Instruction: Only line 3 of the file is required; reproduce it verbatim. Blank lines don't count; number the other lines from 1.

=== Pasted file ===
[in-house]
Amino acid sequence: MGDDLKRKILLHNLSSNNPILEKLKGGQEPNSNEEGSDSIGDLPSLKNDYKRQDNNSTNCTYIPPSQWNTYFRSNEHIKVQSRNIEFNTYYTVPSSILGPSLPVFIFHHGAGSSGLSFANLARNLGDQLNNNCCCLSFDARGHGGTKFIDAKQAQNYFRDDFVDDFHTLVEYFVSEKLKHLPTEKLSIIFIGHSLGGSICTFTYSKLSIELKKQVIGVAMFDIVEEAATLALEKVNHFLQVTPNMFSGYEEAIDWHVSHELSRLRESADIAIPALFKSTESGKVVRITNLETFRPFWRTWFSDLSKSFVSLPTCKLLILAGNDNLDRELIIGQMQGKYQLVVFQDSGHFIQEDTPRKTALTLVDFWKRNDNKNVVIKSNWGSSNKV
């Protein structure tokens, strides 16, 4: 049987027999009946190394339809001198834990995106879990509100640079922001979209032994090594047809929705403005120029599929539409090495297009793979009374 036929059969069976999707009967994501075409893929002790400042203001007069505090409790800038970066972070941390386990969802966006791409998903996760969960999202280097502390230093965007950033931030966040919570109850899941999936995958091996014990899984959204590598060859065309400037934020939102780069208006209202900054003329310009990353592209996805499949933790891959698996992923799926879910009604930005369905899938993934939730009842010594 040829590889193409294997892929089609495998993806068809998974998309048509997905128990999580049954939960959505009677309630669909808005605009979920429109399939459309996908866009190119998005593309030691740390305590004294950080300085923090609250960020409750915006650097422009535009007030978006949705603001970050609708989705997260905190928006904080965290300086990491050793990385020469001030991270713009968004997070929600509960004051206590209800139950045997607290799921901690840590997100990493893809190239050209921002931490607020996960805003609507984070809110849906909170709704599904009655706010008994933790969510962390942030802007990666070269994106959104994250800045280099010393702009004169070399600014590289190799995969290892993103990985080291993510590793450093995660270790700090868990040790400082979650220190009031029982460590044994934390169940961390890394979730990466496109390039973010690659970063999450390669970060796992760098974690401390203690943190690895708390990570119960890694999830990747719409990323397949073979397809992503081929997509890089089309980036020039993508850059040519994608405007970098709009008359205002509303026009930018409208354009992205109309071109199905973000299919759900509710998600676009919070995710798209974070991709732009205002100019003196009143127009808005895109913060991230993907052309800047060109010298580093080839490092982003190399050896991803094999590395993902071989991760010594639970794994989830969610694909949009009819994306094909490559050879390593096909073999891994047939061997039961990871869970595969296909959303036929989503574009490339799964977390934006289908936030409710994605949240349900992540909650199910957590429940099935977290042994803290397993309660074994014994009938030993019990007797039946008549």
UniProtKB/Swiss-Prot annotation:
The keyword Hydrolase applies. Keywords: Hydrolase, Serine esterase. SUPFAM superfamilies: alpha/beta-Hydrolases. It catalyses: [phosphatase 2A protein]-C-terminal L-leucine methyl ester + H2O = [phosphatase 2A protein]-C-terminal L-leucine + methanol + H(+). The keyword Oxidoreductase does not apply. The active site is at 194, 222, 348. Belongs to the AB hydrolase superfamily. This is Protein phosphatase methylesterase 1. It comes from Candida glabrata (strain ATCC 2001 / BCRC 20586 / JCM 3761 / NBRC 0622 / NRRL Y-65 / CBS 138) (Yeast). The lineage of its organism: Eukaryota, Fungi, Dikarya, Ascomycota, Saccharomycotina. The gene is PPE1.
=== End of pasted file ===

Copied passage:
């Protein structure tokens, strides 16, 4: 049987027999009946190394339809001198834990995106879990509100640079922001979209032994090594047809929705403005120029599929539409090495297009793979009374 036929059969069976999707009967994501075409893929002790400042203001007069505090409790800038970066972070941390386990969802966006791409998903996760969960999202280097502390230093965007950033931030966040919570109850899941999936995958091996014990899984959204590598060859065309400037934020939102780069208006209202900054003329310009990353592209996805499949933790891959698996992923799926879910009604930005369905899938993934939730009842010594 040829590889193409294997892929089609495998993806068809998974998309048509997905128990999580049954939960959505009677309630669909808005605009979920429109399939459309996908866009190119998005593309030691740390305590004294950080300085923090609250960020409750915006650097422009535009007030978006949705603001970050609708989705997260905190928006904080965290300086990491050793990385020469001030991270713009968004997070929600509960004051206590209800139950045997607290799921901690840590997100990493893809190239050209921002931490607020996960805003609507984070809110849906909170709704599904009655706010008994933790969510962390942030802007990666070269994106959104994250800045280099010393702009004169070399600014590289190799995969290892993103990985080291993510590793450093995660270790700090868990040790400082979650220190009031029982460590044994934390169940961390890394979730990466496109390039973010690659970063999450390669970060796992760098974690401390203690943190690895708390990570119960890694999830990747719409990323397949073979397809992503081929997509890089089309980036020039993508850059040519994608405007970098709009008359205002509303026009930018409208354009992205109309071109199905973000299919759900509710998600676009919070995710798209974070991709732009205002100019003196009143127009808005895109913060991230993907052309800047060109010298580093080839490092982003190399050896991803094999590395993902071989991760010594639970794994989830969610694909949009009819994306094909490559050879390593096909073999891994047939061997039961990871869970595969296909959303036929989503574009490339799964977390934006289908936030409710994605949240349900992540909650199910957590429940099935977290042994803290397993309660074994014994009938030993019990007797039946008549």